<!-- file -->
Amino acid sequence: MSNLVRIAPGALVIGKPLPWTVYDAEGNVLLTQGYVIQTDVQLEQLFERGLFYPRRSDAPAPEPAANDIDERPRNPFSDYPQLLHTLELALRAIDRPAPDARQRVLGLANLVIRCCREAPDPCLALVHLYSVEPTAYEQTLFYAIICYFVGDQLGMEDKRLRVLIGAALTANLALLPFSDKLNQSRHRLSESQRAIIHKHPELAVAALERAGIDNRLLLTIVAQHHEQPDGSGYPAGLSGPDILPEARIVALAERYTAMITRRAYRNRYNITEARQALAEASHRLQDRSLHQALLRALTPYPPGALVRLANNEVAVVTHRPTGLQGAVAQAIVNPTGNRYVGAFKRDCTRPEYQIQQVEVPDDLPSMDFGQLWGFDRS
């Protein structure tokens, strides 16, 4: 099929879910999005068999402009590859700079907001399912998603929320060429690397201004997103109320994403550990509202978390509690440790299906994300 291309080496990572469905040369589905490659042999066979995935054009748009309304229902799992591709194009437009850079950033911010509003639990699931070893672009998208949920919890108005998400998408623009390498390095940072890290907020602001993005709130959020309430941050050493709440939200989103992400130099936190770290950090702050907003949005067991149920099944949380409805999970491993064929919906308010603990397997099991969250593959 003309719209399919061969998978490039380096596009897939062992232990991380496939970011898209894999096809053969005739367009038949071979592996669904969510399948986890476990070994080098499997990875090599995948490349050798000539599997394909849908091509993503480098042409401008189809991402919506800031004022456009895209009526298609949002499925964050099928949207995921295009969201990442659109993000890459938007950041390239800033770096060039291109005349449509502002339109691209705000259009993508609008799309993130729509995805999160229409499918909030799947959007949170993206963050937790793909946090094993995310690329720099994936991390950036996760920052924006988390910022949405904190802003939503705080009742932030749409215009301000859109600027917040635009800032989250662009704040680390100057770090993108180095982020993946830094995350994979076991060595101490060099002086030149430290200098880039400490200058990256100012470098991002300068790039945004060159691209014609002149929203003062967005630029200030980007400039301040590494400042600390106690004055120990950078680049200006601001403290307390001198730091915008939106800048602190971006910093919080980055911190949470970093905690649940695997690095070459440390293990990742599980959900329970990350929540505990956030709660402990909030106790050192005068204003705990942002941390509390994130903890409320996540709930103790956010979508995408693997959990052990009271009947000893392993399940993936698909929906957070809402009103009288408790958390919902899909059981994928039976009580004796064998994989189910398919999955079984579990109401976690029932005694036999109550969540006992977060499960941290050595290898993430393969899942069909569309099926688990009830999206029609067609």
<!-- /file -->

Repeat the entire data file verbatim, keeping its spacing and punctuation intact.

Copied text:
Amino acid sequence: MSNLVRIAPGALVIGKPLPWTVYDAEGNVLLTQGYVIQTDVQLEQLFERGLFYPRRSDAPAPEPAANDIDERPRNPFSDYPQLLHTLELALRAIDRPAPDARQRVLGLANLVIRCCREAPDPCLALVHLYSVEPTAYEQTLFYAIICYFVGDQLGMEDKRLRVLIGAALTANLALLPFSDKLNQSRHRLSESQRAIIHKHPELAVAALERAGIDNRLLLTIVAQHHEQPDGSGYPAGLSGPDILPEARIVALAERYTAMITRRAYRNRYNITEARQALAEASHRLQDRSLHQALLRALTPYPPGALVRLANNEVAVVTHRPTGLQGAVAQAIVNPTGNRYVGAFKRDCTRPEYQIQQVEVPDDLPSMDFGQLWGFDRS
């Protein structure tokens, strides 16, 4: 099929879910999005068999402009590859700079907001399912998603929320060429690397201004997103109320994403550990509202978390509690440790299906994300 291309080496990572469905040369589905490659042999066979995935054009748009309304229902799992591709194009437009850079950033911010509003639990699931070893672009998208949920919890108005998400998408623009390498390095940072890290907020602001993005709130959020309430941050050493709440939200989103992400130099936190770290950090702050907003949005067991149920099944949380409805999970491993064929919906308010603990397997099991969250593959 003309719209399919061969998978490039380096596009897939062992232990991380496939970011898209894999096809053969005739367009038949071979592996669904969510399948986890476990070994080098499997990875090599995948490349050798000539599997394909849908091509993503480098042409401008189809991402919506800031004022456009895209009526298609949002499925964050099928949207995921295009969201990442659109993000890459938007950041390239800033770096060039291109005349449509502002339109691209705000259009993508609008799309993130729509995805999160229409499918909030799947959007949170993206963050937790793909946090094993995310690329720099994936991390950036996760920052924006988390910022949405904190802003939503705080009742932030749409215009301000859109600027917040635009800032989250662009704040680390100057770090993108180095982020993946830094995350994979076991060595101490060099002086030149430290200098880039400490200058990256100012470098991002300068790039945004060159691209014609002149929203003062967005630029200030980007400039301040590494400042600390106690004055120990950078680049200006601001403290307390001198730091915008939106800048602190971006910093919080980055911190949470970093905690649940695997690095070459440390293990990742599980959900329970990350929540505990956030709660402990909030106790050192005068204003705990942002941390509390994130903890409320996540709930103790956010979508995408693997959990052990009271009947000893392993399940993936698909929906957070809402009103009288408790958390919902899909059981994928039976009580004796064998994989189910398919999955079984579990109401976690029932005694036999109550969540006992977060499960941290050595290898993430393969899942069909569309099926688990009830999206029609067609």